IF SOMEONE IS GAY AND SEARCHES FOR THE LORD AND HAS GOOD WILL, WHO AM I TO JUDGE? POPE FRANCIS
This documentary is on the making of a photographic religious art project that rejoices in the pain and suffering of the passion and death of Jesus Christ, crucifixion and resurrection included, using the traditional Catholic iconography and poses combined with colors of the rainbow and transgender flags. All involved in the Project speak out from their hearts and souls about their own experiences.
What is fundamental for the narrative is the participation and points of view of Natalia Imperatori – Lee, professor of Religious Studies, Father Brian Massingale, Theologian and activist, Father James Martin, S.J. Editor At- Large, American Magazine, and author of the book Building Bridge (more about it here), Marianne Duddy- Burke, Executive Director Dignity USA, Stanley “J:R:” Zerkowski, Executive Director, Fortunate Families, Sister Jeannine Gramick , SL, co-founder and chair, New Ways Ministry, Miguel H. Diaz, diplomat and writer, Cathy Renna LGBTQ+ Media Consultant, Xorge Olivares, queer Latino columnist, and Jason Steidl, PHD professor of Religious Studies. They all share with us their stories to reflect their experiences.
The documentary presents a big amount of archival material. Headlines like Ex Pope Benedict XVI links gay marriage, abortion with the Antichrist in new book – Church leaders blame LGBTQ for Coronavirus pandemic -Homosexuality is to blame for sexual abuse, not Catholic church claims German cardinal – confirm that throughout history, the primary source of homophobia and lgbtq+ discrimination has been a religious belief, and especially. the Catholic church teachings
The Catholic church has been also a patron of the arts for several centuries, and what comes to my mind are the works of Michelangelo, Leonardo Da Vinci and Caravaggio and how their creativity and compositions have been replicated up to date; also there have been representations of the crucifixion from Cimabue, Giotto and Titian to Dalí.
I was raised as a Catholic and went to the Maristas (Children of Mary) school for nine years, so many of the opinions expressed in the film make sense to me and I share them. Accordingly, I quote:
As Natalia Imperatori-Lee mentions, images have the power to reveal but also the power to conceal. The way our mind works is through images, and because as Catholics we believe in God, we want to have a relationship with him. She also thinks of the LGBT community as a crucified community and remarks: that they are people too who we put our sins or put our shame on, in an effort to feel better about ourselves. How true is her affirmation?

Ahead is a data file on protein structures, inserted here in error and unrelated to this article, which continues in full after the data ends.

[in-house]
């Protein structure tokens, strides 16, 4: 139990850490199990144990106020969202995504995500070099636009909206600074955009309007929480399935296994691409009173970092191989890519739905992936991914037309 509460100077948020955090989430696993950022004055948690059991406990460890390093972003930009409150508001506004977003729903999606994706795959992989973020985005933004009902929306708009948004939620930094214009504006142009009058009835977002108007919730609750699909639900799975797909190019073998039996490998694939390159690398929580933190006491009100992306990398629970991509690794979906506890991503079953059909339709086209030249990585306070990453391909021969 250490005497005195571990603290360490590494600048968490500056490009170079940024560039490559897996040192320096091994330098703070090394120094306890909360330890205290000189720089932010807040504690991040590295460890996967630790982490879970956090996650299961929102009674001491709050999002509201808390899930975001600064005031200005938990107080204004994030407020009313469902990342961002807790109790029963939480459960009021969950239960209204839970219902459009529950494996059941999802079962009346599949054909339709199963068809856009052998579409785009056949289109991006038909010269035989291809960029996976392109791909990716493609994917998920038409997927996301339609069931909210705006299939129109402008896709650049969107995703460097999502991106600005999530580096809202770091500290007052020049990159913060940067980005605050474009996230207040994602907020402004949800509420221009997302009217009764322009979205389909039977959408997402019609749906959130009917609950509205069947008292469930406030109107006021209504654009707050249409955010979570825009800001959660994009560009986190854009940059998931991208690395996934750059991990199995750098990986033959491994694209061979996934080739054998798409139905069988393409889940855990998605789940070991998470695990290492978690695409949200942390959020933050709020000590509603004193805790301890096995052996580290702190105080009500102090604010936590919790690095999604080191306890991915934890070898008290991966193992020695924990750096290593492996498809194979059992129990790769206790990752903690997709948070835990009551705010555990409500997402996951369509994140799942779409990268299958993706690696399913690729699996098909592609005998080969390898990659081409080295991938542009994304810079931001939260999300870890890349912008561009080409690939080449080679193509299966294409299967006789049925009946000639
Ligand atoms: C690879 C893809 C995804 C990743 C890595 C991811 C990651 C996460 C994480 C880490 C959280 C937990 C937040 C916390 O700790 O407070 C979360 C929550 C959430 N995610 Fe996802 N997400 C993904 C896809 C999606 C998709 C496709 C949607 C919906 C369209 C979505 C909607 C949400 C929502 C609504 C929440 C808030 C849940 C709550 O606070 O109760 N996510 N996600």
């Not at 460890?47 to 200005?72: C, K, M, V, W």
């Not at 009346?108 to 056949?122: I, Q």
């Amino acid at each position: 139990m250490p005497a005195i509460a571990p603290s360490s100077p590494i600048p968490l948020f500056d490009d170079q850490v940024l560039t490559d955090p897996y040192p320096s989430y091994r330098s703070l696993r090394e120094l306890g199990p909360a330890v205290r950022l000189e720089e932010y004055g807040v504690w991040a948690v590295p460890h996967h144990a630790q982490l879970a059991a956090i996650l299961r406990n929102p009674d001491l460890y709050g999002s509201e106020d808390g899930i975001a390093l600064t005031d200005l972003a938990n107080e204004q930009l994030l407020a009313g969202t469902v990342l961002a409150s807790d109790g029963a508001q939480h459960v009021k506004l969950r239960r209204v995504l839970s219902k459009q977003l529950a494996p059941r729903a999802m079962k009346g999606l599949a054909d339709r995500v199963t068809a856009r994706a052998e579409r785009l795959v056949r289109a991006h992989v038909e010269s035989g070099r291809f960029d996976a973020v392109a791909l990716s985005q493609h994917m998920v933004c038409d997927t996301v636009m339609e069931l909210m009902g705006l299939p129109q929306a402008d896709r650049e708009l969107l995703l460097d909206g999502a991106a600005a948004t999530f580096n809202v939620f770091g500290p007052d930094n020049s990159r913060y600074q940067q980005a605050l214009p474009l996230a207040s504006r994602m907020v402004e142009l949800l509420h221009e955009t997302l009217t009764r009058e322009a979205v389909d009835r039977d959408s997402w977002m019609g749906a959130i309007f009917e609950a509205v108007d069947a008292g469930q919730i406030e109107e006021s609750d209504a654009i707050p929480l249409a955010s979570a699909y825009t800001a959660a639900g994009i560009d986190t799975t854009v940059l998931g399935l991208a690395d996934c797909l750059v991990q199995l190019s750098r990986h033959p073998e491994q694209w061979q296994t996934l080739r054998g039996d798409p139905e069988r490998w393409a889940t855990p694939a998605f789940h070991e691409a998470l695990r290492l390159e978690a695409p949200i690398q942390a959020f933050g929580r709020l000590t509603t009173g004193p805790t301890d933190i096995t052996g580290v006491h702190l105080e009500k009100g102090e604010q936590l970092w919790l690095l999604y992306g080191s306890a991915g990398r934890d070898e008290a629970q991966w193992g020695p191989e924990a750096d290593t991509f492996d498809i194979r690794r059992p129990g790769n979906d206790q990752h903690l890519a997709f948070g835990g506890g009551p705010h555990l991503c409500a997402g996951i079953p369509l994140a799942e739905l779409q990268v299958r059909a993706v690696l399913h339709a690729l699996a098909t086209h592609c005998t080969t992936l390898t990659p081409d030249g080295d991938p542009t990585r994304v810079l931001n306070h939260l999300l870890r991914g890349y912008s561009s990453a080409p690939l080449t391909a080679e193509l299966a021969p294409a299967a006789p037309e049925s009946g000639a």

Father Massingale refers to his childhood and the white angels he saw at church wondering about the image of God as black and gay; he remarks that Jesus’ harshest words weren’t towards the outcasts but to the self-righteous who took it upon themselves to set the limits of who belonged and who mattered and who counted. I used to be familiarized with the self-righteous in that context and wanted them away from me.
Father Martin cites the gospel: Jesus reaches out specifically for the people who are on the margins and adds: if Jesus were here today in the flesh on the earth, he would be going first to the LGBT people. He also states that historically LGTB people are invisible to the church, and when they are talked about they are in terms of sinfulness or their sexual preferences: Father Martin knows what he is talking about.
The conclusion: The Church doesn’t hesitate in the least to verbally crucify lgbtq+ people on account of their sexuality. In this context Catholics interact and relate to each other and attend mass every Sunday; in this background, the documentary and the Art Project have been made.
Mr. Diaz hopes one day we will be able to look at persons for who they are as human beings and not define them by their sexual orientation, So do I.
I believe that all human beings are wonderfully made by God. Beloved children of God, that is what we are.
A proliferation of images is required to open the imagination allowing us to see in a new light, but more importantly, to see the neighbor next to us in a new light. The goal of the Art Project is to show Jesus in a way he has never been shown before, a reimagination of Jesus with the help of casting director Amy Gossels.
To bring God out of the closet, to allow different images and experiences to inform our notions of God regardless of the suffering and marginalization we have experienced… each of us may decide if the point of the project has been achieved.
Wonderfully Made is the first in a planned documentary series, LGBTQ+R(eligion), in which each episode will focus on a different faith tradition, and it will be interesting to watch other episodes to learn and compare. It had its World Premiere at OUTONFILM Atlanta’s LGBTQ+ Film Fest
From my point of view this documentary about the Catholic Church is a contribution to the voices of qualified guests that we hear although many more are needed for a change in the institution. About the queer aesthetics …… they allow more creativity …. the production team should have known to transcend common places.
Directed by Yuval David – Produced by Mark McDermott
Review by José Mayorga , Guatemala, Central America lawyer and notary public, visual artist, and editor of El Azar Cultural, lives and works in Guatemala City. Cinema lover, curious about the possibilities life brings and eager to live the experience.
Labels: 2022, Catholic Church, documentary, José Mayorga, review, Wonderfully Made, Yuval David